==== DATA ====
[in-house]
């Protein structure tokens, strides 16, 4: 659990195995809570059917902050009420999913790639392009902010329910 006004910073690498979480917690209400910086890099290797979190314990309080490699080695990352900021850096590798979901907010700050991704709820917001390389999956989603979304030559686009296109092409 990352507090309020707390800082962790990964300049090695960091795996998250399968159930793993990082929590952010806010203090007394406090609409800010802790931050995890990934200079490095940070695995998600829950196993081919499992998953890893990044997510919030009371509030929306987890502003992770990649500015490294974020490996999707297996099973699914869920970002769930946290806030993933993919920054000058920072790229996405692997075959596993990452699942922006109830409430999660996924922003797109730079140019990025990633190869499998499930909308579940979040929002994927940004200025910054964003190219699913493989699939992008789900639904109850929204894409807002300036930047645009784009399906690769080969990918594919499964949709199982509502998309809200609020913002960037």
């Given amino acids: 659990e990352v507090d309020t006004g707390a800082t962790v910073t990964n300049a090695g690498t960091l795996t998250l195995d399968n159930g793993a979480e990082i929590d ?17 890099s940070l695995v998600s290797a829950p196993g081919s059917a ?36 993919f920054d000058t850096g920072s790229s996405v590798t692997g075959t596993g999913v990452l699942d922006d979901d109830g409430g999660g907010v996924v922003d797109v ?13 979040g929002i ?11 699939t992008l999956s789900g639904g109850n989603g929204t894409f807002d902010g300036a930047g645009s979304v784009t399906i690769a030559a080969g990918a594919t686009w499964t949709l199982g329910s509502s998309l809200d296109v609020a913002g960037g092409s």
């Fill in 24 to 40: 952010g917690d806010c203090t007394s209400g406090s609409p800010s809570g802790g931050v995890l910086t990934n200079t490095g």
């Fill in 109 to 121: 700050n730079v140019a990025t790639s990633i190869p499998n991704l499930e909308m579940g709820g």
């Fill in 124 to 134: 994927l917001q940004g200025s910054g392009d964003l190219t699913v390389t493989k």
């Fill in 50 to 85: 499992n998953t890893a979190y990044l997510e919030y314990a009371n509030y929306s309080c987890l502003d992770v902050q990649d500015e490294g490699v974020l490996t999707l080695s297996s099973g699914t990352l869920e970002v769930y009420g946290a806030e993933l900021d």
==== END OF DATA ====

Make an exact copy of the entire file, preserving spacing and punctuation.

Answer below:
[in-house]
């Protein structure tokens, strides 16, 4: 659990195995809570059917902050009420999913790639392009902010329910 006004910073690498979480917690209400910086890099290797979190314990309080490699080695990352900021850096590798979901907010700050991704709820917001390389999956989603979304030559686009296109092409 990352507090309020707390800082962790990964300049090695960091795996998250399968159930793993990082929590952010806010203090007394406090609409800010802790931050995890990934200079490095940070695995998600829950196993081919499992998953890893990044997510919030009371509030929306987890502003992770990649500015490294974020490996999707297996099973699914869920970002769930946290806030993933993919920054000058920072790229996405692997075959596993990452699942922006109830409430999660996924922003797109730079140019990025990633190869499998499930909308579940979040929002994927940004200025910054964003190219699913493989699939992008789900639904109850929204894409807002300036930047645009784009399906690769080969990918594919499964949709199982509502998309809200609020913002960037």
């Given amino acids: 659990e990352v507090d309020t006004g707390a800082t962790v910073t990964n300049a090695g690498t960091l795996t998250l195995d399968n159930g793993a979480e990082i929590d ?17 890099s940070l695995v998600s290797a829950p196993g081919s059917a ?36 993919f920054d000058t850096g920072s790229s996405v590798t692997g075959t596993g999913v990452l699942d922006d979901d109830g409430g999660g907010v996924v922003d797109v ?13 979040g929002i ?11 699939t992008l999956s789900g639904g109850n989603g929204t894409f807002d902010g300036a930047g645009s979304v784009t399906i690769a030559a080969g990918a594919t686009w499964t949709l199982g329910s509502s998309l809200d296109v609020a913002g960037g092409s």
């Fill in 24 to 40: 952010g917690d806010c203090t007394s209400g406090s609409p800010s809570g802790g931050v995890l910086t990934n200079t490095g």
């Fill in 109 to 121: 700050n730079v140019a990025t790639s990633i190869p499998n991704l499930e909308m579940g709820g």
């Fill in 124 to 134: 994927l917001q940004g200025s910054g392009d964003l190219t699913v390389t493989k």
């Fill in 50 to 85: 499992n998953t890893a979190y990044l997510e919030y314990a009371n509030y929306s309080c987890l502003d992770v902050q990649d500015e490294g490699v974020l490996t999707l080695s297996s099973g699914t990352l869920e970002v769930y009420g946290a806030e993933l900021d």